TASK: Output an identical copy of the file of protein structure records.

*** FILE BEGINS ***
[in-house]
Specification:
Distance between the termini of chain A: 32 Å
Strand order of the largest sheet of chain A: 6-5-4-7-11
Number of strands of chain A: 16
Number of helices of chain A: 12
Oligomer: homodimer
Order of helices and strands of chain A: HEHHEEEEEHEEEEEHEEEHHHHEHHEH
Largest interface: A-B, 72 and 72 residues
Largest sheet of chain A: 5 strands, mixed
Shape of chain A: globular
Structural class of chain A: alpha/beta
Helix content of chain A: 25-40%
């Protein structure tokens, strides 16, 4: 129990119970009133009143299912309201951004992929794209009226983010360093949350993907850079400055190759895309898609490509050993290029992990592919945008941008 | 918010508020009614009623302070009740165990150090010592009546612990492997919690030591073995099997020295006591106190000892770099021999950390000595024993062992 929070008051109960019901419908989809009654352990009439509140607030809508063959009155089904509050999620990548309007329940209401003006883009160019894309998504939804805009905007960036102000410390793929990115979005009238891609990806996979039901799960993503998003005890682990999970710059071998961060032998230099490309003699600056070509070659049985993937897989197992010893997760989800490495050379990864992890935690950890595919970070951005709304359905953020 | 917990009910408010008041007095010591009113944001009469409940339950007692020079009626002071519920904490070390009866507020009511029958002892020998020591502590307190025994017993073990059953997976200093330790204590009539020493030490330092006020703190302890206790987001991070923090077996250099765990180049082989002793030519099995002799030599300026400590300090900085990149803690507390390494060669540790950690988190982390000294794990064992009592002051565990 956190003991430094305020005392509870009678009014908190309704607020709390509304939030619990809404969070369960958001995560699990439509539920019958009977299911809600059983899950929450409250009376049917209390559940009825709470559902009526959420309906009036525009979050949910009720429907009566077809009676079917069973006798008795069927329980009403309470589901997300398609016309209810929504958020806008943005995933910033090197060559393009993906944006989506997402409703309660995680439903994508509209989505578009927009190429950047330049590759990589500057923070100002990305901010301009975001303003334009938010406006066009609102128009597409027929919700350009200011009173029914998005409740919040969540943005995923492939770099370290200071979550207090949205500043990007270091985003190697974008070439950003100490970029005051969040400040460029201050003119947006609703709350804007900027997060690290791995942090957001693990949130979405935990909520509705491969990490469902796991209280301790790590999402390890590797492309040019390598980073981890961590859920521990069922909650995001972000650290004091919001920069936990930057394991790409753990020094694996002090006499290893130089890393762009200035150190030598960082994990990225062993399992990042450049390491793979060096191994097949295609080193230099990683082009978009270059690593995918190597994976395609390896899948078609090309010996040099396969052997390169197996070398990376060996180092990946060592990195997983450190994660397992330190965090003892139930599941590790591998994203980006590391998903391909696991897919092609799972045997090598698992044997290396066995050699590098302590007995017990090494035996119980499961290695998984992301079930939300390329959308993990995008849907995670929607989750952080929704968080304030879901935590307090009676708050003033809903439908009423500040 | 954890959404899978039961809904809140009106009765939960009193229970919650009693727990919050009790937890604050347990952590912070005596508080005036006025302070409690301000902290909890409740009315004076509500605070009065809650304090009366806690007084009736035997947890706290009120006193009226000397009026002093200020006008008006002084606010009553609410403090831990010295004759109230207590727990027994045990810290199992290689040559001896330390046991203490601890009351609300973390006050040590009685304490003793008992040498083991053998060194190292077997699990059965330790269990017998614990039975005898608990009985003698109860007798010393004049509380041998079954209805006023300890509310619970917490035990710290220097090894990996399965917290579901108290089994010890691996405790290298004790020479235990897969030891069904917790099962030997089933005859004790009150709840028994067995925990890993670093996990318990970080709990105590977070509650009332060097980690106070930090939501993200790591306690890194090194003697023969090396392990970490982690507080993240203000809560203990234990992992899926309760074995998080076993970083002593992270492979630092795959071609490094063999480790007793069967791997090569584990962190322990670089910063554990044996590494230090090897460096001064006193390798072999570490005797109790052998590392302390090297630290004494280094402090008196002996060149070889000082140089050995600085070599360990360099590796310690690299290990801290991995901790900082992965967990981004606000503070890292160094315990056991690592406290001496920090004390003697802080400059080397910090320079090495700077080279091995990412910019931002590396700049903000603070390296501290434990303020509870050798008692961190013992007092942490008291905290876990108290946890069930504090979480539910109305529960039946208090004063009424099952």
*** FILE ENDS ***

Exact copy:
[in-house]
Specification:
Distance between the termini of chain A: 32 Å
Strand order of the largest sheet of chain A: 6-5-4-7-11
Number of strands of chain A: 16
Number of helices of chain A: 12
Oligomer: homodimer
Order of helices and strands of chain A: HEHHEEEEEHEEEEEHEEEHHHHEHHEH
Largest interface: A-B, 72 and 72 residues
Largest sheet of chain A: 5 strands, mixed
Shape of chain A: globular
Structural class of chain A: alpha/beta
Helix content of chain A: 25-40%
């Protein structure tokens, strides 16, 4: 129990119970009133009143299912309201951004992929794209009226983010360093949350993907850079400055190759895309898609490509050993290029992990592919945008941008 | 918010508020009614009623302070009740165990150090010592009546612990492997919690030591073995099997020295006591106190000892770099021999950390000595024993062992 929070008051109960019901419908989809009654352990009439509140607030809508063959009155089904509050999620990548309007329940209401003006883009160019894309998504939804805009905007960036102000410390793929990115979005009238891609990806996979039901799960993503998003005890682990999970710059071998961060032998230099490309003699600056070509070659049985993937897989197992010893997760989800490495050379990864992890935690950890595919970070951005709304359905953020 | 917990009910408010008041007095010591009113944001009469409940339950007692020079009626002071519920904490070390009866507020009511029958002892020998020591502590307190025994017993073990059953997976200093330790204590009539020493030490330092006020703190302890206790987001991070923090077996250099765990180049082989002793030519099995002799030599300026400590300090900085990149803690507390390494060669540790950690988190982390000294794990064992009592002051565990 956190003991430094305020005392509870009678009014908190309704607020709390509304939030619990809404969070369960958001995560699990439509539920019958009977299911809600059983899950929450409250009376049917209390559940009825709470559902009526959420309906009036525009979050949910009720429907009566077809009676079917069973006798008795069927329980009403309470589901997300398609016309209810929504958020806008943005995933910033090197060559393009993906944006989506997402409703309660995680439903994508509209989505578009927009190429950047330049590759990589500057923070100002990305901010301009975001303003334009938010406006066009609102128009597409027929919700350009200011009173029914998005409740919040969540943005995923492939770099370290200071979550207090949205500043990007270091985003190697974008070439950003100490970029005051969040400040460029201050003119947006609703709350804007900027997060690290791995942090957001693990949130979405935990909520509705491969990490469902796991209280301790790590999402390890590797492309040019390598980073981890961590859920521990069922909650995001972000650290004091919001920069936990930057394991790409753990020094694996002090006499290893130089890393762009200035150190030598960082994990990225062993399992990042450049390491793979060096191994097949295609080193230099990683082009978009270059690593995918190597994976395609390896899948078609090309010996040099396969052997390169197996070398990376060996180092990946060592990195997983450190994660397992330190965090003892139930599941590790591998994203980006590391998903391909696991897919092609799972045997090598698992044997290396066995050699590098302590007995017990090494035996119980499961290695998984992301079930939300390329959308993990995008849907995670929607989750952080929704968080304030879901935590307090009676708050003033809903439908009423500040 | 954890959404899978039961809904809140009106009765939960009193229970919650009693727990919050009790937890604050347990952590912070005596508080005036006025302070409690301000902290909890409740009315004076509500605070009065809650304090009366806690007084009736035997947890706290009120006193009226000397009026002093200020006008008006002084606010009553609410403090831990010295004759109230207590727990027994045990810290199992290689040559001896330390046991203490601890009351609300973390006050040590009685304490003793008992040498083991053998060194190292077997699990059965330790269990017998614990039975005898608990009985003698109860007798010393004049509380041998079954209805006023300890509310619970917490035990710290220097090894990996399965917290579901108290089994010890691996405790290298004790020479235990897969030891069904917790099962030997089933005859004790009150709840028994067995925990890993670093996990318990970080709990105590977070509650009332060097980690106070930090939501993200790591306690890194090194003697023969090396392990970490982690507080993240203000809560203990234990992992899926309760074995998080076993970083002593992270492979630092795959071609490094063999480790007793069967791997090569584990962190322990670089910063554990044996590494230090090897460096001064006193390798072999570490005797109790052998590392302390090297630290004494280094402090008196002996060149070889000082140089050995600085070599360990360099590796310690690299290990801290991995901790900082992965967990981004606000503070890292160094315990056991690592406290001496920090004390003697802080400059080397910090320079090495700077080279091995990412910019931002590396700049903000603070390296501290434990303020509870050798008692961190013992007092942490008291905290876990108290946890069930504090979480539910109305529960039946208090004063009424099952």